Chapter and Verse
Forty Words For Fear, the new album from Madison Smartt Bell and Wyn Cooper, doesn’t sound anything like Nirvana. The music is dark, twisted acoustic-based blues along the lines of Los Lobos or Latin Playboys, and it comes by its narrative leanings honestly — Bell is an acclaimed novelist, while Cooper is a poet best-known for co-writing Sheryl Crow’s breakthrough 1994 hit “All I Wanna Do”.
Nevertheless, Forty Words For Fear might not exist at all if not for Nirvana. Some years back, Bell had a dream in which the late Kurt Cobain showed him how to play Nirvana’s “Lithium”. The short story Bell wrote about it turned into a novel, last year’s Anything Goes, about a touring rock band. In the course of writing the book, Bell asked his pal Cooper to write some song lyrics for the fictional band in the book. A number of Cooper-penned lyrics found their way into Anything Goes, most notably “Room Full Of Tears”. Then Bell started setting Cooper’s lyrics to music, and the songs quickly grew beyond the book.
“Pretty early on, I also started writing other lyrics, not necessarily to be ‘sung’ by the band in the book,” says Cooper. “Lyrics kept coming out, and I didn’t want to stop them. All along, I thought maybe we could do something with these songs that wouldn’t necessarily have anything to do with the book. So we started making demos.”
That led to a deal with North Carolina-based Gaff Music (a new label run by Scott Beal, a book collector and longtime fan of Bell’s writing), which is releasing Forty Words For Fear. Don Dixon produced the album with Mitch Easter engineering, but don’t expect anything that sounds like the most famous Dixon/Easter collaboration, R.E.M.’s Murmur.
“Madison is extremely talented, but he’s not one of those guys who can just do anything,” says Dixon. “A lot of what they did on the demos was kind of amateurish. I thought we could take the core of the songs and present them real differently without changing the songs at all — just the arrangements and feel. We were looking for almost mantra-like, repetitious grooves these songs could sit on top of.”
In that sense, Dixon’s longtime drummer Jim Brock emerges as the star of Forty Words For Fear. A large part of the album’s story happens at gut level, from the heartbeat pulse of Brock’s menacing grooves and rhythms. Brock’s drumming wouldn’t sound out-of-place behind Tom Waits, and it perfectly complements the down-and-out spiritual exhaustion of Bell’s gruff character-actor voice.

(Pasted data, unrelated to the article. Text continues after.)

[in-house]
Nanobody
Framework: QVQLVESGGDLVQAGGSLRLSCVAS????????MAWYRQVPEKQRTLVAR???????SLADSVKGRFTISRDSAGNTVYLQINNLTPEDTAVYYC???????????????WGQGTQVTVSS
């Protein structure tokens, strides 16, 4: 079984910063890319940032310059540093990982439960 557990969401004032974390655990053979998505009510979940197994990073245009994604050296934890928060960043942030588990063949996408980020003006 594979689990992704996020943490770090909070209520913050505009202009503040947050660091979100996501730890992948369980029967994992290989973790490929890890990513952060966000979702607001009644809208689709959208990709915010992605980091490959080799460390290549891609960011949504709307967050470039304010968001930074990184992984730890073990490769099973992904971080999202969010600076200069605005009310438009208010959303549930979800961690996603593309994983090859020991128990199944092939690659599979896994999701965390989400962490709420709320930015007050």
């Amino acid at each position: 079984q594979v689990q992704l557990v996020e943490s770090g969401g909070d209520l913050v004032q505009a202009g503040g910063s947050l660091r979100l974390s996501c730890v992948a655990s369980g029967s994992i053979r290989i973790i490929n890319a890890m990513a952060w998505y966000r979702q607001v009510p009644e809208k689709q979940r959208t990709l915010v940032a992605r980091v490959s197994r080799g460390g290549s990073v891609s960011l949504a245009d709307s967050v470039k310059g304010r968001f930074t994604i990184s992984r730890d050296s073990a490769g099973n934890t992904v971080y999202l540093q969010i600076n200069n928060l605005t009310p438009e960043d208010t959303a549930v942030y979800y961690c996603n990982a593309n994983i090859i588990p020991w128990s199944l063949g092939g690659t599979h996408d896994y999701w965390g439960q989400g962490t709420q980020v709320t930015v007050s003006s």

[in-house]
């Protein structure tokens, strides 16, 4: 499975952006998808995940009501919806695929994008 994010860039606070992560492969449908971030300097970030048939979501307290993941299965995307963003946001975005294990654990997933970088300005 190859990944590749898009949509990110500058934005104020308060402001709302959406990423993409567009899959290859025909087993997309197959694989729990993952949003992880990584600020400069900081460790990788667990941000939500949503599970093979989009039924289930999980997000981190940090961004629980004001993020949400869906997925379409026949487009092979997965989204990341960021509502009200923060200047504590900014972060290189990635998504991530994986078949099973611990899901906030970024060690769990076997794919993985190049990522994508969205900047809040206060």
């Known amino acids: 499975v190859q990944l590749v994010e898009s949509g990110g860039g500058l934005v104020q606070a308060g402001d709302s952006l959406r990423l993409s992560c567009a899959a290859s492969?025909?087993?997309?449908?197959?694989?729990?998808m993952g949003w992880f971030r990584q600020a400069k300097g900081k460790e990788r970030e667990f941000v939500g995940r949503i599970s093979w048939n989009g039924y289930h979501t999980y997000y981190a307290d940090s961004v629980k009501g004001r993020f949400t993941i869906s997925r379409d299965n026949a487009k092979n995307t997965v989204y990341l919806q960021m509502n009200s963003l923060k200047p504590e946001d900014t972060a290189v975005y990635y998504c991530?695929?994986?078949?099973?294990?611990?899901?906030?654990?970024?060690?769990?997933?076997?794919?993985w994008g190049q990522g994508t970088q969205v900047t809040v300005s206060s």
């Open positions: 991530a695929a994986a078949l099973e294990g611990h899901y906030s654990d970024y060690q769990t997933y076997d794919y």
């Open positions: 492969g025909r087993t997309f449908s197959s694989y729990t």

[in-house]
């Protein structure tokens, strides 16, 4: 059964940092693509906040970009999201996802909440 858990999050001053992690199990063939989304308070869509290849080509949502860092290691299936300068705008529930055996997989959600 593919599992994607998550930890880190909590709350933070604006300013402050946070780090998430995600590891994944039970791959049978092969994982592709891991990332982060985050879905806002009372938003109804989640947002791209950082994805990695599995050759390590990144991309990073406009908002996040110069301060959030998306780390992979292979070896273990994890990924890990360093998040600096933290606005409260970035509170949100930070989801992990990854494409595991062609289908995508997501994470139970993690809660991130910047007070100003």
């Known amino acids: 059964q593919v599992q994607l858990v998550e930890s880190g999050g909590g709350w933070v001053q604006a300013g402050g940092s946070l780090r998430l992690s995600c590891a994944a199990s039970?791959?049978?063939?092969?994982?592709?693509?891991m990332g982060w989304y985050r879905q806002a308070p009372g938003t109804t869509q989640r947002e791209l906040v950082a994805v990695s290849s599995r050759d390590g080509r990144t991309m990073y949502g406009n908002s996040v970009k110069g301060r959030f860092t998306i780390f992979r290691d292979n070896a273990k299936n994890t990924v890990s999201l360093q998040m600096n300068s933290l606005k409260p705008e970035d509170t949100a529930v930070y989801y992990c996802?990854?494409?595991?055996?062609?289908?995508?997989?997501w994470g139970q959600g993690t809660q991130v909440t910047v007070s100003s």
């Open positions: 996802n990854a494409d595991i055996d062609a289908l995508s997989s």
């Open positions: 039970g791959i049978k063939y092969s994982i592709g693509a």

“In certain ways, Jim was as strong an influence as Don because of his rhythms,” says Bell. “They managed to get stuff out of these songs that I didn’t even know was there. That’s Don’s real genius, which all producers try for, but he’s just unusually good at it. And it’s also what I try to do as a writing teacher. But I would like to note something for the record: I still find the idea of myself as a singer kind of hard to take.”
Most of the album’s songs take place in seedy settings, such as the Detroit strip joint in the opening “On 8 Mile” (Cooper would like it known that this song predates rapper Eminem’s movie 8 Mile) and various drinking establishments. The music is highly cinematic, and would make a dandy soundtrack for a noir-ish movie along the lines of The Grifters.
Somewhat reluctantly, Cooper wound up with his voice on the record, too. Forty Words For Fear has a couple of spoken-word interludes, Cooper reading poetry accompanied by everything from radio static to clattering salt and pepper shakers. Dixon also got in on the album’s spoken-word program with “The Here Below”, murmuring an excerpt from Cooper’s poem “The Country Of Here Below” as an introduction.
“After we left the studio one night, Don stayed up all night working,” Cooper says. “He recorded himself reading that, and played it for us the next day. It was really beautiful, just stunning. Madison had a tear in his eye. ‘Wow,’ I said, ‘that’s an incredible poem. Where’d you find that?’ And Don said, ‘That’s one of YOURS, you idiot!’
“The more I heard how good the music was turning out, the less I wanted to have any poems read by me mixed in. It seemed silly to put a poem in there that some people might not want to listen to as much as the songs. But everybody insisted, Don especially. He was very down on any kind of talk about ‘commercial appeal.’ Don doesn’t get riled up about much, but he definitely did about that. ‘Look,’ he said, ‘we’re trying to make a good goddamn record, okay?!'”